(CBS) Kids who play lots of video games may not be as active as kids who play sports, which is why some parents prefer games that get their kids off the couch and moving around. But according to a new study, those "active" games such as Wii Sports won't actually make a kid more physically active.
According to the Centers for Disease Control and Prevention, children and adolescents should get at least one hour of physical activity each day. Previous research suggests active video games lead to increases in kid's physical activity.
To find out whether active video games make kids less likely to be couch potatoes, researchers gave 78 kids between ages 9 and 12 Wii game consoles and monitored them for 12 weeks. The kids were split into groups in which they received either two "active" video games - including "Wii Fit Plus" and "Dance Dance Revolution - Hottest Party 3" - or two inactive games, such as "Mario Kart Wii" or "Madden NFL 2010."
Throughout the study, kids kept a journal of their play times and were given an accelerometer - a device they wore on their belts to measures acceleration and exertion. What did the researchers find? The kids who were given active video games were no more physically active than kids who were given the inactive games. There was no bump in physical activity even when kids first got the video game, and no difference in physical activity throughout entire study.
The study was published in the Feb 27 issue of the journal Pediatrics.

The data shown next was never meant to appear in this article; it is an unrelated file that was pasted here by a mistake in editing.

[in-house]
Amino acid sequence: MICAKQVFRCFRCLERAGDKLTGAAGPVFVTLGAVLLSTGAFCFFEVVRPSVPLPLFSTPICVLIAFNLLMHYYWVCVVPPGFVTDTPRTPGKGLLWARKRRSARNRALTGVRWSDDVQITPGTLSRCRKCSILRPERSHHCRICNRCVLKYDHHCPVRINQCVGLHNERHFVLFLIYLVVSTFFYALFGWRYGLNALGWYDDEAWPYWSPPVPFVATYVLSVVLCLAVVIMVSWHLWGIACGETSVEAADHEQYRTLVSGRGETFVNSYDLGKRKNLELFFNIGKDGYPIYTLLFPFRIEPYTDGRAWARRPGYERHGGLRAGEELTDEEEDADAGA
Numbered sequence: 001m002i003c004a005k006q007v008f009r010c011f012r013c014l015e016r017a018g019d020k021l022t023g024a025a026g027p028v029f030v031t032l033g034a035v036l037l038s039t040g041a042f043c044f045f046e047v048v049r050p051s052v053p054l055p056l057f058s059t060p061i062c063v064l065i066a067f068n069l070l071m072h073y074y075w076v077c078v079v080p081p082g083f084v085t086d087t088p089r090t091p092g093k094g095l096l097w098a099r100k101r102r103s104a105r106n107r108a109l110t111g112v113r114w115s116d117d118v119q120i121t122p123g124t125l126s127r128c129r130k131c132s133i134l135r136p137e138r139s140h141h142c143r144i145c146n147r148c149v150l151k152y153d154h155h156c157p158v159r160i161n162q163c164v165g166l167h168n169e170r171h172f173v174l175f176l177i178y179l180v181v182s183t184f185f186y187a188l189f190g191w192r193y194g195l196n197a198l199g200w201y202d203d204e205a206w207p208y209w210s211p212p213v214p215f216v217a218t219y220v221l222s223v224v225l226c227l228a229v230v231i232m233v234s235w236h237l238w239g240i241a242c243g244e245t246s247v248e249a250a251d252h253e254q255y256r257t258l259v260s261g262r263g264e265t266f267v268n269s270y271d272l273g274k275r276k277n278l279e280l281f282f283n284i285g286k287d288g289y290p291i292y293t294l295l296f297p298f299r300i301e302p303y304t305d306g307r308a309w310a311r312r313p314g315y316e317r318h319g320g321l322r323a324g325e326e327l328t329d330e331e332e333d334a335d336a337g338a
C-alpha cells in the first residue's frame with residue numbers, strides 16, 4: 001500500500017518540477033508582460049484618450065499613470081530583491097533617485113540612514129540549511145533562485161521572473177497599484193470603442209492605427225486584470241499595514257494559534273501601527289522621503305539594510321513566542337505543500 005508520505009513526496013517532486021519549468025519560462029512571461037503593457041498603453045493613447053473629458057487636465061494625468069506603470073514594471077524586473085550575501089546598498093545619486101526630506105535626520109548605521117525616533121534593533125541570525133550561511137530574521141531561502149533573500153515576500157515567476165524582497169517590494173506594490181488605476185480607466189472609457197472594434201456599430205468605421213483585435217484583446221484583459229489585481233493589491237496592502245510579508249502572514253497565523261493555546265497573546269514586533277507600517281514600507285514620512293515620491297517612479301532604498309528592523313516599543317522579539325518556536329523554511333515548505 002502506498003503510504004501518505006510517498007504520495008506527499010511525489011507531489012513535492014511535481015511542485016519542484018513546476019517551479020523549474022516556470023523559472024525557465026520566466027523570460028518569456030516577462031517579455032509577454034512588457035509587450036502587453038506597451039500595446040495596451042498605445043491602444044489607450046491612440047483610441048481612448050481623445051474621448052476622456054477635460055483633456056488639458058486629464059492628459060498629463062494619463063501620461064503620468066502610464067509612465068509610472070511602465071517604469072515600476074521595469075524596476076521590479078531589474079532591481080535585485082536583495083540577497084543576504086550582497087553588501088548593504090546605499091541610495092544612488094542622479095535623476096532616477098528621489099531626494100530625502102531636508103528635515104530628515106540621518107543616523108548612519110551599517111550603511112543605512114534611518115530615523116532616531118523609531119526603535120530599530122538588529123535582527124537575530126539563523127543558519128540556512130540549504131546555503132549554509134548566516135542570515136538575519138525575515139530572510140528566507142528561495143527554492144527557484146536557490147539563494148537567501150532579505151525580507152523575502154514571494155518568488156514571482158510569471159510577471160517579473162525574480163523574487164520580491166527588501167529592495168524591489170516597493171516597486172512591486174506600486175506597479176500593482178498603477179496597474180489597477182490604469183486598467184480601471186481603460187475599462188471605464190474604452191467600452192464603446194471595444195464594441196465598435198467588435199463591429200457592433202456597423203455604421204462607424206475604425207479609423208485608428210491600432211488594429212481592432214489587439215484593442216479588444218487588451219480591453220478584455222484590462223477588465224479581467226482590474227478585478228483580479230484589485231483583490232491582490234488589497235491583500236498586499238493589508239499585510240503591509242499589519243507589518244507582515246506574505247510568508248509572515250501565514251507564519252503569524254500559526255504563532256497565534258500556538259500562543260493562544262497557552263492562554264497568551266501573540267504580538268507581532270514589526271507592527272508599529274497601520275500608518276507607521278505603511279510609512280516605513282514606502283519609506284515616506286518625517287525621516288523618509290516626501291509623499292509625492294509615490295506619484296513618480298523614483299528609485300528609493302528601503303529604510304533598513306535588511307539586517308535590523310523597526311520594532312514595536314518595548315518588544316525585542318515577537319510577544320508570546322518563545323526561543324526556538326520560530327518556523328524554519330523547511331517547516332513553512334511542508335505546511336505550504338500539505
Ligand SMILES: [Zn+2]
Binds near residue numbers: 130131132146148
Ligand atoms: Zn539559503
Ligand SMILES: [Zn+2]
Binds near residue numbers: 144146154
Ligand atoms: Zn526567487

"Frankly, we were shocked by the complete lack of difference," study author Dr. Tom Baranowski, professor of pediatrics at Baylor College of Medicine in Houston, told Reuters.
The new study suggests children either did not play the active games at the same level of intensity as in the earlier lab experiments, or they chose to be less active at other times of the day to compensate for the increased activity, according to WebMD.
"The take-home message is that on a population basis, it looks like using active video games is not an effective way of getting kids to be more active," " Dr. Christina Suh, a pediatrician at Children's Hospital Colorado who was not involved in the research, told HealthDay. "In other words, if someone thinks of passing out Wii fitness consoles to kids in a public school district, for example, it probably wouldn't be effective in terms of its impact on public health."
Dr. Jacob Barkley, an exercise scientist from Kent State University in Ohio who was not involved in the study, told Reuters that the Wii probably won't contribute to kids getting their 60 minutes of physical activity each day, but he said playing an active video game over the course of a year could translate into fewer pounds of weight gain in kids, compared with those who play only inactive video games.
"Maybe the Wii isn't going to increase physical activity a whole heck of a lot," Barkley told Reuters. "But it might increase caloric expenditure a little bit more than a traditional sedentary video game, and if you do that on a daily basis that could have a cumulative effect that might be beneficial."